One of those age-old questions for freelance editors and proofreaders is how to find time for marketing and continuing professional development (CPD) when other work keeps getting in the way. In this post, Philippa Lewis brings together some approaches that have helped her and other CIEP members.
When I started freelancing, I had no idea how much extra work would be involved on top of actual editing work. Words are my love and joy, and I’m more than happy to spend hours deliberating over every tiny aspect of punctuation, but I found myself completely unprepared for how much time marketing and CPD would take up.
Marketing in particular has been a challenge for me; I find the thought of promoting myself very uncomfortable, and marketing takes up time which I could be spending editing. And I would much, much rather be editing. It’s easy to convince myself that marketing is a waste of time when I could be spending that time completing paid work instead, so most of my attempts at marketing have been squeezed in out of slight desperation when I haven’t had any work booked in.
At the recent CIEP conference, Kia Thomas did an excellent talk about marketing. I really appreciated how matter-of-fact she was about it: as a freelancer, you have no choice but to market your business, so you might as well get on with it. Whether or not you enjoy doing marketing isn’t really relevant, because you still have to do it.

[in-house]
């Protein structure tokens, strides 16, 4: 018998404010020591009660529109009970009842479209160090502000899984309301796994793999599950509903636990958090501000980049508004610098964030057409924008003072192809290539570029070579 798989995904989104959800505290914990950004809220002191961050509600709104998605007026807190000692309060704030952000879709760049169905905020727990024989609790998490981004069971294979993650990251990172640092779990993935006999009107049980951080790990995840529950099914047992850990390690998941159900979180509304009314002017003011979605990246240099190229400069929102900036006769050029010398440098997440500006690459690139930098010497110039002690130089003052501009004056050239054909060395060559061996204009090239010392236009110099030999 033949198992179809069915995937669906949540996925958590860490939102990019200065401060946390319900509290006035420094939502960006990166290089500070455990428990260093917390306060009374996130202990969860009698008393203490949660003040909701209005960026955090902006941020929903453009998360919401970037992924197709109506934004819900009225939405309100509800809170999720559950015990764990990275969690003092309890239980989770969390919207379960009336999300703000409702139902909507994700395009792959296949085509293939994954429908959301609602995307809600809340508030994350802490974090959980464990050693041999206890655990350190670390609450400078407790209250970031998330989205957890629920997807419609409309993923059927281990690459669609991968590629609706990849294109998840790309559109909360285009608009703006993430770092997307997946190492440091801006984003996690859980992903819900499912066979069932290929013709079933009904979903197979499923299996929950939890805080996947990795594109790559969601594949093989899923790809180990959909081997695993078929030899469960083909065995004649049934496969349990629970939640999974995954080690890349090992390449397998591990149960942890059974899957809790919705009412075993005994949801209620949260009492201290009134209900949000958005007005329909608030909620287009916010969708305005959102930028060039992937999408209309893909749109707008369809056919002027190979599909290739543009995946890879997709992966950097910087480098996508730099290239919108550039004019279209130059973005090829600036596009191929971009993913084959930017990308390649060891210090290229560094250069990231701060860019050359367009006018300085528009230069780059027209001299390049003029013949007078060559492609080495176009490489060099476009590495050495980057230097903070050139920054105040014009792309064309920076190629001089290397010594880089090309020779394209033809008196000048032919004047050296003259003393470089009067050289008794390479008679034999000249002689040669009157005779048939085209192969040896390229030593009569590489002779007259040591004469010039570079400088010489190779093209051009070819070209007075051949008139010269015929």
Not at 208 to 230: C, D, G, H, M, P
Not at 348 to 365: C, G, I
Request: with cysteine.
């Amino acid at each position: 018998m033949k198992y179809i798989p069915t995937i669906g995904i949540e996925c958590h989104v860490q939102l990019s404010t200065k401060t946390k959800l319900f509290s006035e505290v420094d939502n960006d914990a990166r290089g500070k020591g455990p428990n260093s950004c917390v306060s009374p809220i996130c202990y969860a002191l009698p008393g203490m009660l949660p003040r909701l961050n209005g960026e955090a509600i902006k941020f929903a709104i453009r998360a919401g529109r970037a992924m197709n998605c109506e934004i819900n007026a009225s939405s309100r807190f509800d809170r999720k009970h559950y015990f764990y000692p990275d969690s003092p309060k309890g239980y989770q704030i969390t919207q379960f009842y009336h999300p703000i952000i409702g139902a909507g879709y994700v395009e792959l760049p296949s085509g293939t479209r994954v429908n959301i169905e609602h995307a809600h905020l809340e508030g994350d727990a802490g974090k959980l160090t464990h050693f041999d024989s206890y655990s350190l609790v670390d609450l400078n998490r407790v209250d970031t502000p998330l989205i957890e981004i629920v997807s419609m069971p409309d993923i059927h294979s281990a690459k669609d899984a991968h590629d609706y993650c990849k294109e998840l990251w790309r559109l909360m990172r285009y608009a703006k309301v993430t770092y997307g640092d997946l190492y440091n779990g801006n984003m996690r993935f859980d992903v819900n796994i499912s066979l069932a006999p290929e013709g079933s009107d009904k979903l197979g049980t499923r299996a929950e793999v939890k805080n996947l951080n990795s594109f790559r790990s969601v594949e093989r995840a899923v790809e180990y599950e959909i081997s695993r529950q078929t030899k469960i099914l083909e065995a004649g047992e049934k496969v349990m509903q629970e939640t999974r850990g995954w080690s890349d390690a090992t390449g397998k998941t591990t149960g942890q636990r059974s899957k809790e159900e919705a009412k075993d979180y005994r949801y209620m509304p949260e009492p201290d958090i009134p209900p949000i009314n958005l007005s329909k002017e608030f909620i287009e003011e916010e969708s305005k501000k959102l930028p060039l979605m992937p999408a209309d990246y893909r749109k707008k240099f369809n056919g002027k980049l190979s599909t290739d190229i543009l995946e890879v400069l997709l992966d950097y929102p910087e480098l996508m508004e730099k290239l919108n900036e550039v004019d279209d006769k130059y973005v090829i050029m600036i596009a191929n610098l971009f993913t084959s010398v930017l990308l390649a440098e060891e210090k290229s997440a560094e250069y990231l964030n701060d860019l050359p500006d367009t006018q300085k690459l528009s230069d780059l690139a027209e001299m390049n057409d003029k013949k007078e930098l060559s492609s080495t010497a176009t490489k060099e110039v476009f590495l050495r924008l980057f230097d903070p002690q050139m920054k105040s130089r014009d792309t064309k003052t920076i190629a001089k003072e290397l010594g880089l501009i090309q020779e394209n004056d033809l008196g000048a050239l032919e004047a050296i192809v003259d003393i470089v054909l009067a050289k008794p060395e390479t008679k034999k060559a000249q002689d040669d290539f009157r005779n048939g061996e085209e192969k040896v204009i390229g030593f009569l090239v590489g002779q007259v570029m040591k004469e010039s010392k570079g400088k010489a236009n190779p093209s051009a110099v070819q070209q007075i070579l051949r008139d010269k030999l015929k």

This was a bit of a wake-up call for me, and since then I’ve tried to come up with a system for regularly building marketing and CPD into my working week.
Find what works for you
Editors often talk about setting aside one morning or day a week for CPD and marketing. Having a specific slot for these tasks sounds like an excellent approach, but I always find that when I reach the time I’ve set aside, my latest editing deadline inevitably feels like a higher priority.
I’ve finally realised that a more flexible approach works better for me. I start my week by identifying the CPD and marketing tasks that I want to accomplish. These get written on a post-it and stuck onto my computer monitor; keeping them visible means I can’t forget to do them. I try to identify a mix of quick jobs (like sending a CV to a publisher) and longer ones (like drafting a blog post) for each week. I try to break tasks into smaller units where needed: ‘check pricing page on website’ feels more manageable than ‘re-do website’.
These tasks then got slotted in throughout the week. I find it useful to do them whenever I need a break from editing – often at the end of a work day, or before lunch. I might not have the mental capacity to edit another paragraph, but I can still manage to do a marketing task or read a blog post. Cycling through tasks like this means I’m more productive, as I’m ticking something off my list despite not feeling up to completing work for a client.